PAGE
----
CDC Ends Emergency Response to Vaping Illnesses
The CDC has ended its emergency response to the outbreak of illnesses caused by vaping due to continued decline in cases being reported. The EVALI illness killed at least 57 people and sickened more than 2,600 but has been going down since its peak in October. Additionally, the Surgeon General put out a report saying there is not enough evidence to support the idea that e-cigarettes actually help with smoking cessation. The report also states that while e-cigarettes are widely available, other methods that are known to help people quit smoking are hard to access. For more from the CDC, click here, and for the Surgeon General report, click here.
- House Energy and Commerce Oversight Subcommittee will hold a hearing on Feb. 5th on e-cigarette use with the top five e-cigarette manufacturers testifying, click here.
- E-cigarette companies could be paying a user fee to the FDA similar to those drug and device companies pay, click here.
Promising New Oral Vaccine Against Flu in the Works
A recent study from The Lancet tested the effectiveness of an orally administered vaccine against the flu. The study found that a single oral tablet had significant protective immunity against H1 influenza infection. Although the research is promising, it will likely be another five more years before an oral flu vaccine alternative hits the market. Click here for the study.
CDC: 7 Southern States Have Highest Adult Inactivity
The CDC released findings from a new study looking into the physical inactivity of adults across the United States. The study mapped data from the Behavioral Risk Factor Surveillance System (BRFSS) from 2015 through 2018. They found that all states and territories have more than 15 percent of physical inactivity in adults. The states with the highest level of physical inactivity were Oklahoma, Arkansas, Louisiana, Mississippi, Alabama, Tennessee, and Kentucky. Click here for the full report.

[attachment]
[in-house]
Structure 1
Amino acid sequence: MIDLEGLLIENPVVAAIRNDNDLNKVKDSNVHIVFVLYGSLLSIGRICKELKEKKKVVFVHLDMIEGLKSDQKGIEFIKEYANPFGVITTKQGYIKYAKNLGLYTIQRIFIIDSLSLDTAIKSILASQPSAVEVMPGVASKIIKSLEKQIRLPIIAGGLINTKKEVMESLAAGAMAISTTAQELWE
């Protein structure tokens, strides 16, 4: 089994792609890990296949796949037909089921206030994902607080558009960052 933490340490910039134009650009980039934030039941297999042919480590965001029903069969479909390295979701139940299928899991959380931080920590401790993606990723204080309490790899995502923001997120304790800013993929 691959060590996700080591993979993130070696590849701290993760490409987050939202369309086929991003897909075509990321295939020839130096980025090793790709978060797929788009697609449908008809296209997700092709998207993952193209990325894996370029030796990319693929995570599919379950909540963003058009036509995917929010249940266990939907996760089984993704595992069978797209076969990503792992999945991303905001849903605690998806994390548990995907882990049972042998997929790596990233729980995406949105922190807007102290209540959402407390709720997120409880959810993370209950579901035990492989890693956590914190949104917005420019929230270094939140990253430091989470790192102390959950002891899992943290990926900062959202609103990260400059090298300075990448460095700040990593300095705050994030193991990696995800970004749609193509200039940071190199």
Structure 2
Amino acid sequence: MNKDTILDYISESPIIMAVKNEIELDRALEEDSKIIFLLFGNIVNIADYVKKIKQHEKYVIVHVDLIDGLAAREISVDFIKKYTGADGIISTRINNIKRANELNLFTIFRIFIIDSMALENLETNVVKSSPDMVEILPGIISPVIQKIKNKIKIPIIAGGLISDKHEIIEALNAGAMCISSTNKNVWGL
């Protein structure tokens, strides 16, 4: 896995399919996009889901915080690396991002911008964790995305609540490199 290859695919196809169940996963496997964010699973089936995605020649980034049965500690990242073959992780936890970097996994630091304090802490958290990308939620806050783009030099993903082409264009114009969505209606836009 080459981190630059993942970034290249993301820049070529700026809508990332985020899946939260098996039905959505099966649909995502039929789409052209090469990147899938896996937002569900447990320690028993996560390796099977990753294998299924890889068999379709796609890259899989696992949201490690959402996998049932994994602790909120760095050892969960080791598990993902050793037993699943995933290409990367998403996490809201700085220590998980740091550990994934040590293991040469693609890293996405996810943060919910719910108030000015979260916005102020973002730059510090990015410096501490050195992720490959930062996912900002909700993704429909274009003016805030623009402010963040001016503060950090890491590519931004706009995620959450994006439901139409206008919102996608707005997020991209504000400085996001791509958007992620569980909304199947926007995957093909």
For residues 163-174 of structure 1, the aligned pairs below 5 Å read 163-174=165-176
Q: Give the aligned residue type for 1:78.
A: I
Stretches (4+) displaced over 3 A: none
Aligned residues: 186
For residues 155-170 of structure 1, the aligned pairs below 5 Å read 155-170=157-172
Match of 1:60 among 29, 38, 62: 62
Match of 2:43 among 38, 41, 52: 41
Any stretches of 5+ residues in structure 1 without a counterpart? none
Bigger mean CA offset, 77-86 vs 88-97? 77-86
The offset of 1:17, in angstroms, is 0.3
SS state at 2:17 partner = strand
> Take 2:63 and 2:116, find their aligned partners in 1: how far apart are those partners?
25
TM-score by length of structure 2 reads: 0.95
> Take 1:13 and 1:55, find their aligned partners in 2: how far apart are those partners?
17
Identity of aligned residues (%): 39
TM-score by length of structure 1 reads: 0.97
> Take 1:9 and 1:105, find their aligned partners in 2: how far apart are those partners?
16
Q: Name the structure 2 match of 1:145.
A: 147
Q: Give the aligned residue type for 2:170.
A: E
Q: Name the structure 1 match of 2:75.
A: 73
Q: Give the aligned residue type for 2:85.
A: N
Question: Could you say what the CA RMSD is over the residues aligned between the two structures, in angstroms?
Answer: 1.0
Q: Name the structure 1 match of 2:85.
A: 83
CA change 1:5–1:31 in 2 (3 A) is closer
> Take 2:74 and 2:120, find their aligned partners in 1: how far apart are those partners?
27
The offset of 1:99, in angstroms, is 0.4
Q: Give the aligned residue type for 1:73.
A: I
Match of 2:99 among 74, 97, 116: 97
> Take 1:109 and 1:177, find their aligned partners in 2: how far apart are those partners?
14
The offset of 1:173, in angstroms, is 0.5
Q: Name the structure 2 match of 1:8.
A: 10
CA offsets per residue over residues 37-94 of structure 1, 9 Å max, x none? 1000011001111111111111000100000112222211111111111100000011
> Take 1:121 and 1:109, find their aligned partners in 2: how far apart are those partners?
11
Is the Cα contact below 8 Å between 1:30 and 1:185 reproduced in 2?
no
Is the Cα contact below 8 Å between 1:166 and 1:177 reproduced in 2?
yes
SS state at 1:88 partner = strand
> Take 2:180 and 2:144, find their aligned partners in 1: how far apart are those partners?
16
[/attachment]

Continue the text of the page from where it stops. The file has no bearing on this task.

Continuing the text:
- CMS’ Innovation Center will host a Direct Contracting Payment Part 1 webinar on February 4, 2020 at 1:00 – 3:00 p.m. ET to present and answer questions about the Direct Contracting Model’s payment methodology. Click here to register.
Feds Increase Efforts To Combat Antimicrobial Resistance
The “super-bug” epidemic of antimicrobial resistant infections kills 700,000 people worldwide every year, with about 35,000 deaths in the US alone. New treatments have not been able to keep up with this threat; in the past 30 years only one new class of antibiotics has been approved. Drug companies and researchers are hesitant to invest in treatments for super-bugs because the cost of development is too high to make profit. The recent Developing an Innovative Strategy for Antimicrobial Resistant Microorganisms Act allows Medicare to offer additional funding to hospitals in the U.S. that responsibly use novel antibiotics. Through the Biomedical Advanced Research and Development Authority, the government has funneled more than $100 million in grants toward antibiotic research in the last three years. To read more, click here.
Predicting Clinical Risk: Researchers Improving Predictive Capabilities
Current clinical risk models have a large margin of error and are largely unreliable for making accurate predictions for high-risk patients, according to a new study. Models that can calculate a patient’s risk of dying after a heart attack or stroke are based on characteristics such as age, weight, and symptoms. The researchers found that high-risk patients tend to receive the most inaccurate scores and are currently working on software that could retrain risk models to include more data on patients who are more similar to the one being diagnosed. Click here for the study.